According to this view, intelligence is not considered as an ability inherent to a living creature, but as a composite of the interaction of the creature with its complex environment.
This advanced simulation of The Matrix may indeed bring many new insights to individuals and organisations, showing that businesses often do not follow the theoretical tenets of expected utility theory, but rather use simple heuristics that may not necessarily be optimal, perfect, or rational, but is nevertheless adequate for reaching an immediate, short-term goal or approximation.
The current Covid-19 crisis and society’s response to it would be a good example. Perhaps The Matrix would have helped us to take totally different decisions – decisions that are more rational, not driven by our fears, instincts, desires, or immediate short term goals, but decisions that lead to actions that maximise our expected utility.
This view rings so true when we see society’s response to the Covid-19 crisis. Do the past few months increase our belief that humans are rational beings who take actions that maximise their expected utility? I do not think that Herbert Simon would have been surprised at all by our response to the pandemic or by many of our daily decisions and actions. Due to our limitations in short-term memory and speed of stimuli in the complex modern world, our erratic and seemingly complicated behaviour does not necessarily reflect human intelligence, but it merely reflects the complexity of our environment while we are navigating daily obstacles in our personal life and in our businesses.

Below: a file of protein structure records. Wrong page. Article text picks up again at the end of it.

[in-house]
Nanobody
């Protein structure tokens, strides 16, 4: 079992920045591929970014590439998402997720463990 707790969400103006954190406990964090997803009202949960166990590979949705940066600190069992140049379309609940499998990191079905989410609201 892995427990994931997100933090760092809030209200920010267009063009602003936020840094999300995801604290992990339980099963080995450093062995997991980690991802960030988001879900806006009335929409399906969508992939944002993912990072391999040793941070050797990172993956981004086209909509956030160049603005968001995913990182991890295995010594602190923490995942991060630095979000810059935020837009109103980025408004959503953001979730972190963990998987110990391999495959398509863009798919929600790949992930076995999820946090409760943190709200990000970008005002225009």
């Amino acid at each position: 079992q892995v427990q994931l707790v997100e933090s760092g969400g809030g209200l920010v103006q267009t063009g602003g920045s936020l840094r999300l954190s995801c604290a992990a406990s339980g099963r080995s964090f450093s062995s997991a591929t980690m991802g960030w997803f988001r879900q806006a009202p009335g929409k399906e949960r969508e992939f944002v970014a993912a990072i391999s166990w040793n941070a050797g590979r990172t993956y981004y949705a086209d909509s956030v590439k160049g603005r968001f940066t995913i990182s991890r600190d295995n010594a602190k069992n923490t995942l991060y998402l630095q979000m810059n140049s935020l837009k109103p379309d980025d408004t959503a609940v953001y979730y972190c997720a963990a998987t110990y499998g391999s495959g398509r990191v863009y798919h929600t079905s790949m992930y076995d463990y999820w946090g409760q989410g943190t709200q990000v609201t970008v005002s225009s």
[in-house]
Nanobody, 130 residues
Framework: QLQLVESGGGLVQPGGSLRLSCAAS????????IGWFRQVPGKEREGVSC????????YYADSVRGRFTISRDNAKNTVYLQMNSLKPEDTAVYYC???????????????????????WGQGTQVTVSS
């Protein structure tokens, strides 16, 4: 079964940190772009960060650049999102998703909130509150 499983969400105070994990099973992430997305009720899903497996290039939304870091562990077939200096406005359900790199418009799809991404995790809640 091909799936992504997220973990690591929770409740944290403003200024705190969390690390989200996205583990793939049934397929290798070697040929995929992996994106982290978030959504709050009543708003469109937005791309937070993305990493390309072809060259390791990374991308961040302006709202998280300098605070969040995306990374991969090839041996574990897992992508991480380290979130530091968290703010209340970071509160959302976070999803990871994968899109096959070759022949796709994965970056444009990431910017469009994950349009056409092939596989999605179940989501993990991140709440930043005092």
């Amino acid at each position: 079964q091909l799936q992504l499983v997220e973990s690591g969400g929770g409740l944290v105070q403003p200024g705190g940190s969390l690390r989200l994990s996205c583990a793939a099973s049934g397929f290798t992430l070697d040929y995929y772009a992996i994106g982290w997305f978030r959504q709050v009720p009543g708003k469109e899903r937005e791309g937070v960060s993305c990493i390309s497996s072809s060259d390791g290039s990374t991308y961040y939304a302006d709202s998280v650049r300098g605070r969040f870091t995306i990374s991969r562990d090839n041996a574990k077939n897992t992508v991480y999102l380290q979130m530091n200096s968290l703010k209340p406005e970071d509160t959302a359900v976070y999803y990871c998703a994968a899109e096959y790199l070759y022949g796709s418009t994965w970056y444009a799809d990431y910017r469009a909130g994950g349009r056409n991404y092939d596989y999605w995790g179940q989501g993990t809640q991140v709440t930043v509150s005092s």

The goal of AI should thus not only be to represent some mythical and uber-rational super human intelligence and reasoning ability, but to understand that like all other animals, also human “intelligence” owes much to the complexity of the world we find ourselves in. We are more driven by our needs, instincts, desires, fears and imagination than we would like to acknowledge.
How improbable it may seem at this time, The Matrix may lead us to a more achievable technology in the long run. It could mean the end to the popular search engines and AI as we know it. Unfortunately, the company Improbable are experiencing some strong headwinds due to some bugs with their Spatial OS. They have lost some clients and are still struggling to make their mark in the world of games, which is the testbed for The Matrix. But when they succeed in the future, our world will be very different.
Hope to see you soon in The Matrix.
Professor Louis C H Fourie is a futurist and technology strategist.